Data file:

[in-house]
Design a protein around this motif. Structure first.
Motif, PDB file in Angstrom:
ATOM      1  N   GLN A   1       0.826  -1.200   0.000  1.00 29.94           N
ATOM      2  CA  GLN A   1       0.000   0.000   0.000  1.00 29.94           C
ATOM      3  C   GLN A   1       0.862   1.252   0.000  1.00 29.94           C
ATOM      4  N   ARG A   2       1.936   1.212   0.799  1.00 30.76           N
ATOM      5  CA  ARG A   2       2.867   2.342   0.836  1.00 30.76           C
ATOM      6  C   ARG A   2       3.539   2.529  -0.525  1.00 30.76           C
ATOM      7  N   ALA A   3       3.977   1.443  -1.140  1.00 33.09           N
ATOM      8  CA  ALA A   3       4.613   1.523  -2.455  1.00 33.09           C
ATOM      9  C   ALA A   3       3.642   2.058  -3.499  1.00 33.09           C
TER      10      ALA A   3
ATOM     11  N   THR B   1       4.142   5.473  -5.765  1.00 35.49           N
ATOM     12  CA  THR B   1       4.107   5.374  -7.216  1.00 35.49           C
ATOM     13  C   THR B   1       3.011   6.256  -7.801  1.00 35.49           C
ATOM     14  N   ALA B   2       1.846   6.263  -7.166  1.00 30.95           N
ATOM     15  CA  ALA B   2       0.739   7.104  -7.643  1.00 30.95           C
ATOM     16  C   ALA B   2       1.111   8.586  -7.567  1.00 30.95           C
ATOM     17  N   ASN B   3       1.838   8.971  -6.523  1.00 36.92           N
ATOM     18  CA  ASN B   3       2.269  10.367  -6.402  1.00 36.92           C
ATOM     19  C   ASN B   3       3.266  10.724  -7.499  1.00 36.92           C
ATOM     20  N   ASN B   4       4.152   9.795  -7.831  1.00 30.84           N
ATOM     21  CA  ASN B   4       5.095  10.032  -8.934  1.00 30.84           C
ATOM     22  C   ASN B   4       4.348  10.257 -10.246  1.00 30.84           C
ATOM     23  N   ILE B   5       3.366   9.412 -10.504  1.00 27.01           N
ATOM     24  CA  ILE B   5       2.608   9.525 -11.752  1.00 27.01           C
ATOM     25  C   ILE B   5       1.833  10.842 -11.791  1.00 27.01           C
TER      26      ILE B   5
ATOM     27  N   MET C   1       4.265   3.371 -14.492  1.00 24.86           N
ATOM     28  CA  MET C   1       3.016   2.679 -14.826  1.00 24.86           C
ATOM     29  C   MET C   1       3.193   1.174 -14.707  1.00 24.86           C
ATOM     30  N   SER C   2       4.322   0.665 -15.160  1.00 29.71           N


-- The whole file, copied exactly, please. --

[in-house]
Design a protein around this motif. Structure first.
Motif, PDB file in Angstrom:
ATOM      1  N   GLN A   1       0.826  -1.200   0.000  1.00 29.94           N
ATOM      2  CA  GLN A   1       0.000   0.000   0.000  1.00 29.94           C
ATOM      3  C   GLN A   1       0.862   1.252   0.000  1.00 29.94           C
ATOM      4  N   ARG A   2       1.936   1.212   0.799  1.00 30.76           N
ATOM      5  CA  ARG A   2       2.867   2.342   0.836  1.00 30.76           C
ATOM      6  C   ARG A   2       3.539   2.529  -0.525  1.00 30.76           C
ATOM      7  N   ALA A   3       3.977   1.443  -1.140  1.00 33.09           N
ATOM      8  CA  ALA A   3       4.613   1.523  -2.455  1.00 33.09           C
ATOM      9  C   ALA A   3       3.642   2.058  -3.499  1.00 33.09           C
TER      10      ALA A   3
ATOM     11  N   THR B   1       4.142   5.473  -5.765  1.00 35.49           N
ATOM     12  CA  THR B   1       4.107   5.374  -7.216  1.00 35.49           C
ATOM     13  C   THR B   1       3.011   6.256  -7.801  1.00 35.49           C
ATOM     14  N   ALA B   2       1.846   6.263  -7.166  1.00 30.95           N
ATOM     15  CA  ALA B   2       0.739   7.104  -7.643  1.00 30.95           C
ATOM     16  C   ALA B   2       1.111   8.586  -7.567  1.00 30.95           C
ATOM     17  N   ASN B   3       1.838   8.971  -6.523  1.00 36.92           N
ATOM     18  CA  ASN B   3       2.269  10.367  -6.402  1.00 36.92           C
ATOM     19  C   ASN B   3       3.266  10.724  -7.499  1.00 36.92           C
ATOM     20  N   ASN B   4       4.152   9.795  -7.831  1.00 30.84           N
ATOM     21  CA  ASN B   4       5.095  10.032  -8.934  1.00 30.84           C
ATOM     22  C   ASN B   4       4.348  10.257 -10.246  1.00 30.84           C
ATOM     23  N   ILE B   5       3.366   9.412 -10.504  1.00 27.01           N
ATOM     24  CA  ILE B   5       2.608   9.525 -11.752  1.00 27.01           C
ATOM     25  C   ILE B   5       1.833  10.842 -11.791  1.00 27.01           C
TER      26      ILE B   5
ATOM     27  N   MET C   1       4.265   3.371 -14.492  1.00 24.86           N
ATOM     28  CA  MET C   1       3.016   2.679 -14.826  1.00 24.86           C
ATOM     29  C   MET C   1       3.193   1.174 -14.707  1.00 24.86           C
ATOM     30  N   SER C   2       4.322   0.665 -15.160  1.00 29.71           N